Stemming the incidence of post-traumatic stress disorder, or PTSD, requires awareness, education and recognizing its symptoms, a senior military psychiatrist said.
Navy Capt. Paul S. Hammer, director of the Defense Centers of Excellence for Psychological Health and Traumatic Brain Injury, spoke during a May 16 media roundtable event held here as part of Mental Health Month.
“(It’s important) to make sure people are aware, educated, and that they look for it in themselves, their friends and fellow service members,” Captain Hammer said. “They must act on it so something is done.”
Taking action doesn’t necessarily call for a major intervention, he said.
“Sometimes reaching out and talking to someone can put that person on the right path to get the help he needs,” he suggested.
Recognizing signs of the stress disorder early can be the key to successfully diagnose and treat affected individuals, Captain Hammer said.
“PTSD can be a really complicated entity,” he said. “People think it’s one thing, but it can manifest itself in a lot of different ways and contexts.”
PTSD is not gender-specific and tell-tale signs vary from one person to the next, but Captain Hammer said some factors might add up to the stress diagnosis. He said it’s important to recognize such symptoms as combat stress, substance abuse, talks of suicide and depression. Getting help begins with awareness and education at all levels of the military, he said.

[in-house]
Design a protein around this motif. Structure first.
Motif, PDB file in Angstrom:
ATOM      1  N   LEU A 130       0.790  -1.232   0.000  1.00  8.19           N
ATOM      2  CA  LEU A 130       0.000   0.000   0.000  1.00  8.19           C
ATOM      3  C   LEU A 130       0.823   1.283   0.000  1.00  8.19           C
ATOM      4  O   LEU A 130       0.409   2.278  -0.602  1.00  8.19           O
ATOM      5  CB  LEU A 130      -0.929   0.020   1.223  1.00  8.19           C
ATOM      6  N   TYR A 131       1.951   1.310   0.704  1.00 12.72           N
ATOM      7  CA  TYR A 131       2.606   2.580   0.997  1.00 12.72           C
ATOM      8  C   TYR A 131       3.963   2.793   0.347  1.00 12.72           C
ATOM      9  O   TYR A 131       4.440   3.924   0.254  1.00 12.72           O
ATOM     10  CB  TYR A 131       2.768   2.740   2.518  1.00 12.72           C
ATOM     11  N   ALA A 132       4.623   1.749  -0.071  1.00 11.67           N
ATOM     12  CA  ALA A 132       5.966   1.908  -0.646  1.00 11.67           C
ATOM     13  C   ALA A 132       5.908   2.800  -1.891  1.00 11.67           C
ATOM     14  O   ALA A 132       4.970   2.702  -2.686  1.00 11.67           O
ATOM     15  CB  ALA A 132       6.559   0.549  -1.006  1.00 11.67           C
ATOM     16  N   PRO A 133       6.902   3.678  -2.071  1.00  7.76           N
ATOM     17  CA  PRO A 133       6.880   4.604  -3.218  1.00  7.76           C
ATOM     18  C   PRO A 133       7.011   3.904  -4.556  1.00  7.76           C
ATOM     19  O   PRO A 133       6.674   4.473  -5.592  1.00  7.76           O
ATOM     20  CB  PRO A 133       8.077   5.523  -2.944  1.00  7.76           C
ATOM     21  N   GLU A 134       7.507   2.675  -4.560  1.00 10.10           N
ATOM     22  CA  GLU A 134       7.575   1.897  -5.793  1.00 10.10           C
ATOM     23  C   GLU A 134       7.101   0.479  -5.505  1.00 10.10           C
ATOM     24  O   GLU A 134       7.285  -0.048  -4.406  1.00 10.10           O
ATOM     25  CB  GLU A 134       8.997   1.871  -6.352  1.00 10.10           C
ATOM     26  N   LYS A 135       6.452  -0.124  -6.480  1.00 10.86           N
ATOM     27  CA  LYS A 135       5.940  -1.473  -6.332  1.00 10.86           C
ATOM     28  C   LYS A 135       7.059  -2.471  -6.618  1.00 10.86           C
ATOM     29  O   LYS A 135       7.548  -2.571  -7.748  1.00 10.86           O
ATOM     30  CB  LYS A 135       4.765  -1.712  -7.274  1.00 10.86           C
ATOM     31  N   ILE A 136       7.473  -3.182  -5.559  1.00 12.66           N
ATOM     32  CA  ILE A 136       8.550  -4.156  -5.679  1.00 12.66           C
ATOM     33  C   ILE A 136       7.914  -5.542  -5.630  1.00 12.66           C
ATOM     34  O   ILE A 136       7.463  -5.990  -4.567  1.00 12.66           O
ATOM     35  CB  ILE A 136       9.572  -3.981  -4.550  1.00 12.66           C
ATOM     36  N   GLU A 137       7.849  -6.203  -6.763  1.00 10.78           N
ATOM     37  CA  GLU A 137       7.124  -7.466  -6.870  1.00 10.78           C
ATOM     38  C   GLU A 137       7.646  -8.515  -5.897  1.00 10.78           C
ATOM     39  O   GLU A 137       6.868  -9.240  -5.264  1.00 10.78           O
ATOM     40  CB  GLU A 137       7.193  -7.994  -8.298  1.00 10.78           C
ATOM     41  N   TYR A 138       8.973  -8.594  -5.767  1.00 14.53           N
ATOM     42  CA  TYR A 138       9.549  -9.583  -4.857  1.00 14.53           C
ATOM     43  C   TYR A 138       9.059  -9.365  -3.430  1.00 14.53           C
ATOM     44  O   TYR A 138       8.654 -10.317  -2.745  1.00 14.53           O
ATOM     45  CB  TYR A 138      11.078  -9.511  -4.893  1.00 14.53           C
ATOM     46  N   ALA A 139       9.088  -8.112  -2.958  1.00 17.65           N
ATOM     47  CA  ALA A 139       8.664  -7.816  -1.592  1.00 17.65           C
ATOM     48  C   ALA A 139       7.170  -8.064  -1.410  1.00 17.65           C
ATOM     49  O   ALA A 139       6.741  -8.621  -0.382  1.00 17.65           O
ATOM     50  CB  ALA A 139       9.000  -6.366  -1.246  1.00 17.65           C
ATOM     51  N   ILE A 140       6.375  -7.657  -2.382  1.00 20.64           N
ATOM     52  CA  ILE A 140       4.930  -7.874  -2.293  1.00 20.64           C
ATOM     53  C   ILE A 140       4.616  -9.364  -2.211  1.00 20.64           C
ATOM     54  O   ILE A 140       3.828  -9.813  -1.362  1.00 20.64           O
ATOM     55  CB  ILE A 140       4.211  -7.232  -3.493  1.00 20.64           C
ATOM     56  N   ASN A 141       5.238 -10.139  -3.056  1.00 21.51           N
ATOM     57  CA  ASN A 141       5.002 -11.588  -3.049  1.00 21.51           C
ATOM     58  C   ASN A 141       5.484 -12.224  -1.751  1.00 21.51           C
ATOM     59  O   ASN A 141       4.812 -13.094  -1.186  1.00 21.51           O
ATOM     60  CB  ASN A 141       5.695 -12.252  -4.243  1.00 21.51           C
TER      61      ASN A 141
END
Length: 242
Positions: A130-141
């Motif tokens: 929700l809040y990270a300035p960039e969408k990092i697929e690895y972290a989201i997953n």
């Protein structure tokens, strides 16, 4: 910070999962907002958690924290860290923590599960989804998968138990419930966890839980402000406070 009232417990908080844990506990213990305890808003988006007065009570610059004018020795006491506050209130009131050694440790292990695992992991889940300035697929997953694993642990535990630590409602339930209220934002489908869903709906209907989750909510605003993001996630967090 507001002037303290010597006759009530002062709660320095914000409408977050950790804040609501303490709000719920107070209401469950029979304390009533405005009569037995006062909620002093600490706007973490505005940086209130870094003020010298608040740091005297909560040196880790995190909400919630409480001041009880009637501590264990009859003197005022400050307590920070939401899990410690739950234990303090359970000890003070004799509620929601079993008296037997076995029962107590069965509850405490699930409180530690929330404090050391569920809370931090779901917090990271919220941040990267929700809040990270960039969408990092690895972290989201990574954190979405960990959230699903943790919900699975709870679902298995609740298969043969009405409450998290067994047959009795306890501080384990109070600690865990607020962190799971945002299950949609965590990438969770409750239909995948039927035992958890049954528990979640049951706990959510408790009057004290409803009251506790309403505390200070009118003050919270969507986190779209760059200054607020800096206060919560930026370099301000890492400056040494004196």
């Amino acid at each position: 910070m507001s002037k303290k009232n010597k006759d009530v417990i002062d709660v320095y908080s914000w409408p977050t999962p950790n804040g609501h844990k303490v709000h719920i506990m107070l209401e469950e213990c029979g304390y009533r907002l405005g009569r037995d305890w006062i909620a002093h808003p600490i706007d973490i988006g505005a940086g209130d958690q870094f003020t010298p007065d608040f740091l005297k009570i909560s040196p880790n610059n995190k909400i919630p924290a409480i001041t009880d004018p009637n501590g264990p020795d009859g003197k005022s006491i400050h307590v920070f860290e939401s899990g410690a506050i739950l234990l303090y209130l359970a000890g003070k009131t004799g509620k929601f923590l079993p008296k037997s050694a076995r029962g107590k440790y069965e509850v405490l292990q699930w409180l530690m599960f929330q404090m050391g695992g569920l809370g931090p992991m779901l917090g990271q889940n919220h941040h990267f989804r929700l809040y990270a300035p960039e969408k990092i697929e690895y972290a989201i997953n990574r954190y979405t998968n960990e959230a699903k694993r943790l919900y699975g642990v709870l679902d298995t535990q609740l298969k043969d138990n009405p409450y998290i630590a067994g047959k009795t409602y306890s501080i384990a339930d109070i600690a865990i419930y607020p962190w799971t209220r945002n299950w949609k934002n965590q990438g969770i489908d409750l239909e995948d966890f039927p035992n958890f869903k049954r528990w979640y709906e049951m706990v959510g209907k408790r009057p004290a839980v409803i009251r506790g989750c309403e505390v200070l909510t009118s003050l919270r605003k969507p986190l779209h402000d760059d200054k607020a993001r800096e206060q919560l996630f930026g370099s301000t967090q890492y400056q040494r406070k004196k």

Captain Hammer said post-traumatic stress was once a condition discovered only after troops returned home following deployments. Now, however, the services include post-traumatic stress awareness instruction for new recruits in basic training, and warfighters are monitored for symptoms during their military careers.
“We’ve got to take care of ourselves and take care of each other,” Captain Hammer said. “The idea of awareness is to take appropriate action and have the courage to reach out and take help.”
“The Army (incorporates awareness) in resilience training and comprehensive soldier fitness, and by training master resilience trainers,” he added. “So there’s a huge effort among the services to really develop a level of resilience.”
Combating the stigma attached to mental health counseling also is taught to service members as part of the military’s awareness campaign, Captain Hammer said. For many people, the longtime stigma is an overwhelming barrier to diagnosis and treatment.
Denial of post-traumatic stress also can develop, which he described as a “tougher nut to crack.” Denial is a person’s perception that people are doing fine, Captain Hammer added.
“They don’t want to see themselves or be seen as weak, damaged or ill,” he said.
“I think huge headway has been made on stigma,” he said. “You see senior officers and senior enlisted members who are much more willing to speak out and talk about it. I can’t imagine a time, when I first came in, that I would hear a sergeant major talk about PTSD, and now it’s routine.”
“No doubt the stigma is still out there, but we’ve still made an enormous amount of progress,” Captain Hammer said. “But there’s more to do. We’re not resting on our laurels. We’re still working on it.”
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